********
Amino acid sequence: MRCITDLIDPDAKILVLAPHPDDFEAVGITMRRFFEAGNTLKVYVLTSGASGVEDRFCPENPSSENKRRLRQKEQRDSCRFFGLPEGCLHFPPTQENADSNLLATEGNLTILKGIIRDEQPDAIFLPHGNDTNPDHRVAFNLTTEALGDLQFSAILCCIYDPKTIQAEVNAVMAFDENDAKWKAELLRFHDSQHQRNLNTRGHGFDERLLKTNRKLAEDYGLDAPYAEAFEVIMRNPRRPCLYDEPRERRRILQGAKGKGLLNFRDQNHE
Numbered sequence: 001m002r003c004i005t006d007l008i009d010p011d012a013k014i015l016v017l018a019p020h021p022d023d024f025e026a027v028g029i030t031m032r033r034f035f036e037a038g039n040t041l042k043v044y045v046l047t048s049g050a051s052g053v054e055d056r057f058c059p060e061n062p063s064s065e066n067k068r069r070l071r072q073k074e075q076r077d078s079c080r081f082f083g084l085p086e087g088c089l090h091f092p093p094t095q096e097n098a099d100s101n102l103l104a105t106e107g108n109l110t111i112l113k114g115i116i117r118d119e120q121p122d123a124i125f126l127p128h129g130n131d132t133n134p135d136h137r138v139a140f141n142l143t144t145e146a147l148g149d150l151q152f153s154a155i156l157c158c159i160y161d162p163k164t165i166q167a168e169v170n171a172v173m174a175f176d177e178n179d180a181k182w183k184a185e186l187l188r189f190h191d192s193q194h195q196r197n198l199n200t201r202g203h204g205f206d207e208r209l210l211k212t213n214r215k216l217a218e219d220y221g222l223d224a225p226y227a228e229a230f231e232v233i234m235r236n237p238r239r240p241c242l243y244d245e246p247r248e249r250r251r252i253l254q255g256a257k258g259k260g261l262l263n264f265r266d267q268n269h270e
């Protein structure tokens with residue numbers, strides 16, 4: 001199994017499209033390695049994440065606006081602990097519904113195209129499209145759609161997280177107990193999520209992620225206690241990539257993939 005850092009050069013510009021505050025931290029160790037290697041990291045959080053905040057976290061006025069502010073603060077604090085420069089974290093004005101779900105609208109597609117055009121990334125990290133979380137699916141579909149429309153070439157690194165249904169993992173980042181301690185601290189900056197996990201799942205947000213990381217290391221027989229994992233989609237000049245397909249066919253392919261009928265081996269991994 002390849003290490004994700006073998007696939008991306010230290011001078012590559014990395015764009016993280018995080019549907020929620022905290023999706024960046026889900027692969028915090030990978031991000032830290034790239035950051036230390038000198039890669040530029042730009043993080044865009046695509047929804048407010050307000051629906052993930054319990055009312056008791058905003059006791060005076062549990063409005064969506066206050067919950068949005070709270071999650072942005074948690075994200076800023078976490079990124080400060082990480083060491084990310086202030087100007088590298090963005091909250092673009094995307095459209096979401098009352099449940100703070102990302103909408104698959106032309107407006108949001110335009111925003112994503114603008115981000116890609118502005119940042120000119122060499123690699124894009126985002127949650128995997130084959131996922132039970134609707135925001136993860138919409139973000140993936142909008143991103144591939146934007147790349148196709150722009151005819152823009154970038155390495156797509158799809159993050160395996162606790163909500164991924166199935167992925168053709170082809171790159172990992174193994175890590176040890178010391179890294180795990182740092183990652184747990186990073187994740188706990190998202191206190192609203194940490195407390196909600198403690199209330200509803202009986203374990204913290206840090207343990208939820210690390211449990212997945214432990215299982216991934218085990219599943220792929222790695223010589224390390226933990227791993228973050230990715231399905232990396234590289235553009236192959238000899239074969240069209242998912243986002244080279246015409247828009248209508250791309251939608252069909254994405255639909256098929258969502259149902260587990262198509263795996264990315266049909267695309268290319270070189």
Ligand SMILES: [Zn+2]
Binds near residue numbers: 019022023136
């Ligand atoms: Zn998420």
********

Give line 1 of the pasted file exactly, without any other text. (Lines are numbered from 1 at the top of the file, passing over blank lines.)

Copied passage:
Amino acid sequence: MRCITDLIDPDAKILVLAPHPDDFEAVGITMRRFFEAGNTLKVYVLTSGASGVEDRFCPENPSSENKRRLRQKEQRDSCRFFGLPEGCLHFPPTQENADSNLLATEGNLTILKGIIRDEQPDAIFLPHGNDTNPDHRVAFNLTTEALGDLQFSAILCCIYDPKTIQAEVNAVMAFDENDAKWKAELLRFHDSQHQRNLNTRGHGFDERLLKTNRKLAEDYGLDAPYAEAFEVIMRNPRRPCLYDEPRERRRILQGAKGKGLLNFRDQNHE